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Responses

  1. […] Schimmel presents Teach for America (and Journalism in General) posted at No Cynics […]

  2. The Matematica study has become very popular with school reforms who support NCLB and the use of standardized testing as a measure of success. The Matematica study’s methodology reflects this shared assumption.

    “Our measures of student achievement were based on standardized mathematics and reading test scores.”

    For me the bigger question when it comes to TFA and like minded school reform movements is whether or not we can use standardized testing as a measure of quality instruction at all. I would say no and sight the following blog by Gerald Bracey at the Washingtonpost.com that suggests scores on standardized math and science tests have a questionable correlation to success on anything other than standardized tests.

    http://voices.washingtonpost.com/x-equals-why/2008/12/guest_blogger_intl_math_tests.html?sid=ST2008120901507&s_pos=list

    From my perspective the post-NCLB discussion of test scores and how teaching can change to improve test scores has been completely self-referential and distracted us, as educators, from looking for new approaches that measurably improve students communities, quality of life and decrease poverty rather than test scores.

    In order for me to buy into this test score rhetoric is for someone to show me DATA that shows higher test scores as being positively related to meaningful life events. Does scoring in the 90% rather than 80% percentile in math/science alone help decrease poverty, predict future happiness or income, is it related to longevity or incarceration rates? As far as I’m concerned this test score fetish is a cop out and a way to ignore foundational problems with of society and look at some numbers that we can control more easily.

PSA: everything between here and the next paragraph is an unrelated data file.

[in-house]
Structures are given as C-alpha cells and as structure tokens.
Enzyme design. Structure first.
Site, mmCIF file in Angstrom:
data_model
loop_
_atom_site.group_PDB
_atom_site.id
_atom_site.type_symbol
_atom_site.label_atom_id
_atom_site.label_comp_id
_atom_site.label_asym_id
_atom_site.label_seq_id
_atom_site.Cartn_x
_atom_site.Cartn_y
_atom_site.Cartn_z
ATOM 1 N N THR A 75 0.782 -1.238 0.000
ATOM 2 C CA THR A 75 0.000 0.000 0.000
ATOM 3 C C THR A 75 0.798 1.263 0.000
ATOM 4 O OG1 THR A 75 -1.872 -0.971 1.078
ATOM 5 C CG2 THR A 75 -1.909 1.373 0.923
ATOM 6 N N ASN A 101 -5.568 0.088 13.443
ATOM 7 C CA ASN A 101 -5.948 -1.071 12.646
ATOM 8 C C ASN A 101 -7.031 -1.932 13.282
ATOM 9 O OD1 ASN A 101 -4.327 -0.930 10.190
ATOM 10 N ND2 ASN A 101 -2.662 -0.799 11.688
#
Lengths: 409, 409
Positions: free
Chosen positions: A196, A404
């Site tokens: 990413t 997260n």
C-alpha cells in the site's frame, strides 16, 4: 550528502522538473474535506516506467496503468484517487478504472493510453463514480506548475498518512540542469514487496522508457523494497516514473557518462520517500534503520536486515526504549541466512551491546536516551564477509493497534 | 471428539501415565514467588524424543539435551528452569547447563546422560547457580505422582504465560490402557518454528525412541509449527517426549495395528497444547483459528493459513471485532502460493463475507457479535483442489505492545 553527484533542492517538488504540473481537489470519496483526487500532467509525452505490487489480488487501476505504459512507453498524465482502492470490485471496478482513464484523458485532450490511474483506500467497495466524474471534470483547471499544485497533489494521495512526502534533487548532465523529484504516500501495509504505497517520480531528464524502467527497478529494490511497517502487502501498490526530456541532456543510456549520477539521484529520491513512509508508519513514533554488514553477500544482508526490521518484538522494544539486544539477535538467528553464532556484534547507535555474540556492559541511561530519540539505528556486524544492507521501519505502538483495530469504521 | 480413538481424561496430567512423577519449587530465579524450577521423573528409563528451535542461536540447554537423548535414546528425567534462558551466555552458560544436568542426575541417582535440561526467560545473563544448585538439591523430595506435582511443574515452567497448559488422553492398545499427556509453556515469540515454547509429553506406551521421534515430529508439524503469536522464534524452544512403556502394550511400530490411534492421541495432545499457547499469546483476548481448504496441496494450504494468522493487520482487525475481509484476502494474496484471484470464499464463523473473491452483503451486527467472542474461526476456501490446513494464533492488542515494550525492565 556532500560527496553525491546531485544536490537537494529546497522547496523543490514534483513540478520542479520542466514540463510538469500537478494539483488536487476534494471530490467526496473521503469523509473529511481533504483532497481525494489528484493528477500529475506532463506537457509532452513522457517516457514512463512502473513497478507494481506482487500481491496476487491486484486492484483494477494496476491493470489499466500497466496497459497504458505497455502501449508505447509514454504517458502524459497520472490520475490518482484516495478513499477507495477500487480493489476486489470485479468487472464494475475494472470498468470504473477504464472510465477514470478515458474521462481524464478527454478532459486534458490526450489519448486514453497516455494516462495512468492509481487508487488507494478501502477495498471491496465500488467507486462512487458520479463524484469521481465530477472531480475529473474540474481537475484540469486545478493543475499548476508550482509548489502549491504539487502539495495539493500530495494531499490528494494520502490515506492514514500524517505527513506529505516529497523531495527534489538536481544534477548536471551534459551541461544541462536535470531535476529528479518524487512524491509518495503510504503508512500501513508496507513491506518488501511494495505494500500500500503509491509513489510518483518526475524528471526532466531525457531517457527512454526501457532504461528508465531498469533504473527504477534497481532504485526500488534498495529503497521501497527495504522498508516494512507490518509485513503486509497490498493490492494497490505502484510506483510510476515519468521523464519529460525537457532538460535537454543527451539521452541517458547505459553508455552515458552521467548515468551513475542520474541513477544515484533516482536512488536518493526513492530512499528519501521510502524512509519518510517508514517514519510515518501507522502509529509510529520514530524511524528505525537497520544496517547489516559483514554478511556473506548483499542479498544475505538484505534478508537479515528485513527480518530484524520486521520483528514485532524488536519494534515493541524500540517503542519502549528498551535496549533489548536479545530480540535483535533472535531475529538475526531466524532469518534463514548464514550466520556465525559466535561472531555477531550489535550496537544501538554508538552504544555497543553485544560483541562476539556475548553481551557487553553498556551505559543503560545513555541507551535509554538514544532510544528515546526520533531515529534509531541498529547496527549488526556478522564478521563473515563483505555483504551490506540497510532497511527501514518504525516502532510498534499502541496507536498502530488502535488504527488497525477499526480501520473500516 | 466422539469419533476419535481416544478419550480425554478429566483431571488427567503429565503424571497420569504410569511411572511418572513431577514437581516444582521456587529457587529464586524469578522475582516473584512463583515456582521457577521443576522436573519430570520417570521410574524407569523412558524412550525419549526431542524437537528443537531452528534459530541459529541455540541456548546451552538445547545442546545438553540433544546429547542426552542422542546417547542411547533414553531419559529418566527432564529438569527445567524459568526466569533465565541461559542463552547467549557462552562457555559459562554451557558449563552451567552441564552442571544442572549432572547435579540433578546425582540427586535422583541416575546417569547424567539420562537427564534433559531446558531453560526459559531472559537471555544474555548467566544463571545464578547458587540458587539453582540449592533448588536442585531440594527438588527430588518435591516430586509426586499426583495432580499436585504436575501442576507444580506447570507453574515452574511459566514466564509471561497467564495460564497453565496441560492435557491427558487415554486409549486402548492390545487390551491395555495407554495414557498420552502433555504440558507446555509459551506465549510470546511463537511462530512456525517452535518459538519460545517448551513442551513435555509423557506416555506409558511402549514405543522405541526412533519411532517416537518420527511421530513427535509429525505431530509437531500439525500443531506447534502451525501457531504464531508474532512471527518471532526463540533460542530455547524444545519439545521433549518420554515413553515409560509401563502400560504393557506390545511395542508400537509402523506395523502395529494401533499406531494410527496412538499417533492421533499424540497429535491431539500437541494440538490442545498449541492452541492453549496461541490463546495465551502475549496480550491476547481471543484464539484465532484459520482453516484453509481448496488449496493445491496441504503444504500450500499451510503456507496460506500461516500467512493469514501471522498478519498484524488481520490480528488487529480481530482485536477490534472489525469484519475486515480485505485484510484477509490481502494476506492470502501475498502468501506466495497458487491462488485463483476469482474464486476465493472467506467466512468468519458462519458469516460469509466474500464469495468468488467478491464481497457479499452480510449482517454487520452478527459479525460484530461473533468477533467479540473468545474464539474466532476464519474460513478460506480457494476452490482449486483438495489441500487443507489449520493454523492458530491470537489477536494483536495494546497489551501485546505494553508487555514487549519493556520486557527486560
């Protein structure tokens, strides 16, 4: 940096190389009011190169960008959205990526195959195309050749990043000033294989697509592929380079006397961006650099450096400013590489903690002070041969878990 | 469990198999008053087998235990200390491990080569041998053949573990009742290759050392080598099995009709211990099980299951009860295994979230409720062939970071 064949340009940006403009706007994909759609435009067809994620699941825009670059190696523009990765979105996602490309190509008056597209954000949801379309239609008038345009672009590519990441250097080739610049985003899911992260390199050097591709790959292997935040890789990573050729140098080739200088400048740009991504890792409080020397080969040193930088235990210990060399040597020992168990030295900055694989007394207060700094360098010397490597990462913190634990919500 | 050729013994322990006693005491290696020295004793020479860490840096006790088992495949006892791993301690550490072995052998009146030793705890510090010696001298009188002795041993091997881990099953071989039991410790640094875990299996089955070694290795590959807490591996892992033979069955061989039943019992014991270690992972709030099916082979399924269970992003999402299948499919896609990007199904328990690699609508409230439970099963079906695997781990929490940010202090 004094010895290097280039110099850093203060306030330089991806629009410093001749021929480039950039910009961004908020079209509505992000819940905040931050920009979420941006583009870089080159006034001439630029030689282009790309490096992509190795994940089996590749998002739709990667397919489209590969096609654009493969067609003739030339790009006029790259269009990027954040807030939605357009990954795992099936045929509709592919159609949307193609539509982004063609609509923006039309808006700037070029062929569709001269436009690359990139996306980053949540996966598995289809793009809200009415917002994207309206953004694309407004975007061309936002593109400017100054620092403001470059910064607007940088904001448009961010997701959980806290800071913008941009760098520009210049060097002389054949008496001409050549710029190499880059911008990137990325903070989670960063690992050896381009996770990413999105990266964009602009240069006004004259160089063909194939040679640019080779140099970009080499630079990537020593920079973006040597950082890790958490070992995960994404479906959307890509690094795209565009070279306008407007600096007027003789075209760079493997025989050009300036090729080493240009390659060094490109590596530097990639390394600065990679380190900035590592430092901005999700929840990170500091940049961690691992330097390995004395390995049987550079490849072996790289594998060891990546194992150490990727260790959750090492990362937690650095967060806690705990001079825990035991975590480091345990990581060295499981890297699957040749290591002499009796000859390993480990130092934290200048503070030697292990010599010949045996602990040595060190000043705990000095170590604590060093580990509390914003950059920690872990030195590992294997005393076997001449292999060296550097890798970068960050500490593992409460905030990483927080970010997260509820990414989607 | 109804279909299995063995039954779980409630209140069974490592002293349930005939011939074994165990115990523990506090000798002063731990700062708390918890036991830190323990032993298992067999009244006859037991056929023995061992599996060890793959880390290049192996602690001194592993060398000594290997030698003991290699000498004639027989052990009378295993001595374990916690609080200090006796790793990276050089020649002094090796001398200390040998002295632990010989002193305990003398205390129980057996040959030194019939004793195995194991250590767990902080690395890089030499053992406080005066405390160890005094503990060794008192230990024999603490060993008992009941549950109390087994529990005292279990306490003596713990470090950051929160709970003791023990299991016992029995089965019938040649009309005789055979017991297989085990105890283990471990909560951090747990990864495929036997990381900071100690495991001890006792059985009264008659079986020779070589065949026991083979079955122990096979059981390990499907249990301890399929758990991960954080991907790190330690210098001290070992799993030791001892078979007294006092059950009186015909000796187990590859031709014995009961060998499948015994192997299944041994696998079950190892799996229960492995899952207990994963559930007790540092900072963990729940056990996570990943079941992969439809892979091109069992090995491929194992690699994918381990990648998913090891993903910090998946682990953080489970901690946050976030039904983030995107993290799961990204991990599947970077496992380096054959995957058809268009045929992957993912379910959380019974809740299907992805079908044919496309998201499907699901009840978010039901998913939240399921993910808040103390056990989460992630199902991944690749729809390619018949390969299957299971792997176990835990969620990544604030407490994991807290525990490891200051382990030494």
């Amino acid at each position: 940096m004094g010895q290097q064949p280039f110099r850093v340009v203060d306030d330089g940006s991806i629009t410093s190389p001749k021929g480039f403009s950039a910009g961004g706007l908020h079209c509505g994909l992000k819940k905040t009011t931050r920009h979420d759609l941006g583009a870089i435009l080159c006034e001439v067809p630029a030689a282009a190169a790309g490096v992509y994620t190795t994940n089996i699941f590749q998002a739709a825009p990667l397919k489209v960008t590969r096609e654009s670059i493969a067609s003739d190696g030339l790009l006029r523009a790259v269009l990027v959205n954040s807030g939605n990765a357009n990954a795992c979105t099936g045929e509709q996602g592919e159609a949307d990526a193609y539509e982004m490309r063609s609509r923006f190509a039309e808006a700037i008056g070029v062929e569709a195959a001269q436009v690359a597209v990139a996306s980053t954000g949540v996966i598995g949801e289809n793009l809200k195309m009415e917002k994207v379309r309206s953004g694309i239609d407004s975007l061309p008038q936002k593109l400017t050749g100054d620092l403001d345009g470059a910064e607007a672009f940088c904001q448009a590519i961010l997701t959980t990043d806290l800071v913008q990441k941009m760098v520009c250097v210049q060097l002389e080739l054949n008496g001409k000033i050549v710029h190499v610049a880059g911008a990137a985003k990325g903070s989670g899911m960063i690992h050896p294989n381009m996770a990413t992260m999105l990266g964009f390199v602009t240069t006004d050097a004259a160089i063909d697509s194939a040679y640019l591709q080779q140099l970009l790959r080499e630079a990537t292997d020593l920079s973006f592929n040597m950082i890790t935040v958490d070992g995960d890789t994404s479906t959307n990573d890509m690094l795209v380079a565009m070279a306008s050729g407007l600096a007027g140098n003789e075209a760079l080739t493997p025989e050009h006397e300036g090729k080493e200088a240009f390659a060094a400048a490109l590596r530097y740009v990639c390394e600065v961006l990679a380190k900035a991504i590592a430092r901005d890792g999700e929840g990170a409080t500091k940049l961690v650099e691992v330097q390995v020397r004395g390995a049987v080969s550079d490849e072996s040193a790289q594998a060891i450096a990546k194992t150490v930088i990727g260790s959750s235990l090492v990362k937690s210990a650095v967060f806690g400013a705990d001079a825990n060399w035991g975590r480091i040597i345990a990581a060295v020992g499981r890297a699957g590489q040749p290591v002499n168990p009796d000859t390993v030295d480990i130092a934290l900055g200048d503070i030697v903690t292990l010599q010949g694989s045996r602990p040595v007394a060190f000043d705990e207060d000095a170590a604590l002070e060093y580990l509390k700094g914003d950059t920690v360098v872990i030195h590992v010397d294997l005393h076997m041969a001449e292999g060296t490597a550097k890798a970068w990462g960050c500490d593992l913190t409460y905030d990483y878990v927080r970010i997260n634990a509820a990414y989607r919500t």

3. Kevin – I stopped listening to anything Gerald Bracey said a long time ago. For awhile, I even tried to read him for a sense of balance, but eventually was not able to do that either.

    That being said, I agree with you to a point regarding standardized tests. It’s not the ideal measure for student success, but presently it is what we have. I am confident that a fair number of researchers, corporations and others are looking for something better (but confess that I am not knowledgeable in that area).

    I hear about “authentic assessment” from time to time as well as getting away from selected response items. I think the time will come when the assessment industry does develop a better measure. I can’t imagine that a profit-seeking corporation is not trying to develop something new they can sell to states and districts.

    Regarding your last paragraph about longitudinal data, I think there is some out there correlating success in school to later income, etc. It has been years since I read anything like that though and I do not know what measures it used to correlate school performance. It may not have been standardized tests. I agree with you though. Perhaps NAGB (the maintainers of NAEP) or the people who run the TIMSS are working on such a longitudinal study. If not, someone should suggest they do so.